All Poetry Excerpts © Nora Marks Dauenhauer

Nora Marks Dauenhauer Poems Online: "Granddaughters Dancing", "Museum", and "Wealth", All at 49 Writers; "Amelia's First Ski Run", "Grandmother Eliza", and "The Storm", All at Poetry Foundation; "Grandmother Eliza", Audio at Sound Cloud; "The Storm" at Poetry; "A Poem for Jim Nagataak'W, My Grandfather, Blind and Nearly Deaf" at Writing Raven; "Gathering at William Tyson Elementary School, Anchorage, Alaska", "For My Granddaughter Amelia Cheerleading at Homecoming '98, Juneau-Douglas High School", "Cole Sewing", "Gabe's Birthday, "Repatriation", "The Tides Forecasting Winter", "September Morning Fog", "Soccer Squad", and "Digging Spuds" in The Alaska Native Reader at GoogleBooks; "How to Make Good Baked Salmon from the River" at Bread Loaf's Searching for Wildness Blog

"Listen for Sounds", An Introduction to Alaska Native Poets Nora Marks Dauenhauer, Fred Bigjim, and Robert Davis, University of Alaska Department of English (This essay first appeared in The Northern Review, Issue 10, Summer 1993.)

Amy Flecher, "New Writer Laureate Bridges Cultures, Disciplines", Juneau Empire, November 22, 2012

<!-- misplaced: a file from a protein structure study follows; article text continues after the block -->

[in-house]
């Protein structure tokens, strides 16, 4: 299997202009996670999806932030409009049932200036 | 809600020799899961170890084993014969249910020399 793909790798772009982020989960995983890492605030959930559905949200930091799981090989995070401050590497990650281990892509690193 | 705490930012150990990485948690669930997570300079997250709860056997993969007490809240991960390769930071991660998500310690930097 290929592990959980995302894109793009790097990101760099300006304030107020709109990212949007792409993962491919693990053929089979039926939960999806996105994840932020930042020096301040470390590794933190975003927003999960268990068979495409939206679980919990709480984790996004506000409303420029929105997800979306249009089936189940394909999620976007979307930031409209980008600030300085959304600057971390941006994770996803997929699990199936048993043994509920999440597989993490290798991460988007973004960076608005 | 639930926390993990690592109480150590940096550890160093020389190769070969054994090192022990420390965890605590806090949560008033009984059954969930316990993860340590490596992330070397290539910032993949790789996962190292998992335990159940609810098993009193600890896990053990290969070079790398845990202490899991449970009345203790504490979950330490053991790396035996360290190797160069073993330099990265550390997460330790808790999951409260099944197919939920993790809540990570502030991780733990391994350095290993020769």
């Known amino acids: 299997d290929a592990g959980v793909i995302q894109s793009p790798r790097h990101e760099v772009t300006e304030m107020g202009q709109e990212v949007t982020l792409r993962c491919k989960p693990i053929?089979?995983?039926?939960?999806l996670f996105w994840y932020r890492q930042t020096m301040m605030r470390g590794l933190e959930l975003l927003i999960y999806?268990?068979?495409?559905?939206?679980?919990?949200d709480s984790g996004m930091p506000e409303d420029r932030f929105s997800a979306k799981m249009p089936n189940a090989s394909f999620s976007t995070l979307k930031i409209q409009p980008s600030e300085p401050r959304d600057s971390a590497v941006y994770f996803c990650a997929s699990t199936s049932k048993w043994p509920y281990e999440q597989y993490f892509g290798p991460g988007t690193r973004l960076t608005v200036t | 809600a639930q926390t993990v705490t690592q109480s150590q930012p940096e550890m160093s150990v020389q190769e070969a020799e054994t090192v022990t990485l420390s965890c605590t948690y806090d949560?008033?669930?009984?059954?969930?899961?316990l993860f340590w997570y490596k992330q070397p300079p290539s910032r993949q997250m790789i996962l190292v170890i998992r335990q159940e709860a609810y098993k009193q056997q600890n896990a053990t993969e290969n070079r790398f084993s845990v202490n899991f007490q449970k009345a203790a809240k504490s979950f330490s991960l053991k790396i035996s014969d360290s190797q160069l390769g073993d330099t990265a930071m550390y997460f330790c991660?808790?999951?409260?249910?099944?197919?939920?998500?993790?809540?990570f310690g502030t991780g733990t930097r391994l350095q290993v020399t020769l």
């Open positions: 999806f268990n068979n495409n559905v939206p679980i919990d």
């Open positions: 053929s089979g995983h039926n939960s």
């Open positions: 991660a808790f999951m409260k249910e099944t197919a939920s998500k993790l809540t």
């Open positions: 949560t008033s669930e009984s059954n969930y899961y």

Mike Dunham, "Tlingit Author and Linguist Named Alaska Writer Laureate", Anchorage Daily News, October 10, 2012

Alaska State Council on the Arts

The People's Poetry Language Initiative

State Writer Laureate Page, Literary Arts, Alaska State Council on the Arts

In this recording, Dauenhauer reads her poem "Salmon Egg Puller Large":


Cara Lopez Lee said...

Thank you for introducing me to this terrific poet. I lived in Alaska for about 9 years, and her poetry reminds me of many people and places I crossed paths with along my way.

susanissima said...

Thank you so much for this post! My daughter and her family are moving to Alaska and I'm excited to be connected with the State Writer Laureate's beautiful work.

Beth Green said...

Thanks for posting this. I'm forwarding the link to a client in Alaska to feature on their social media, too. What a wonderful lady!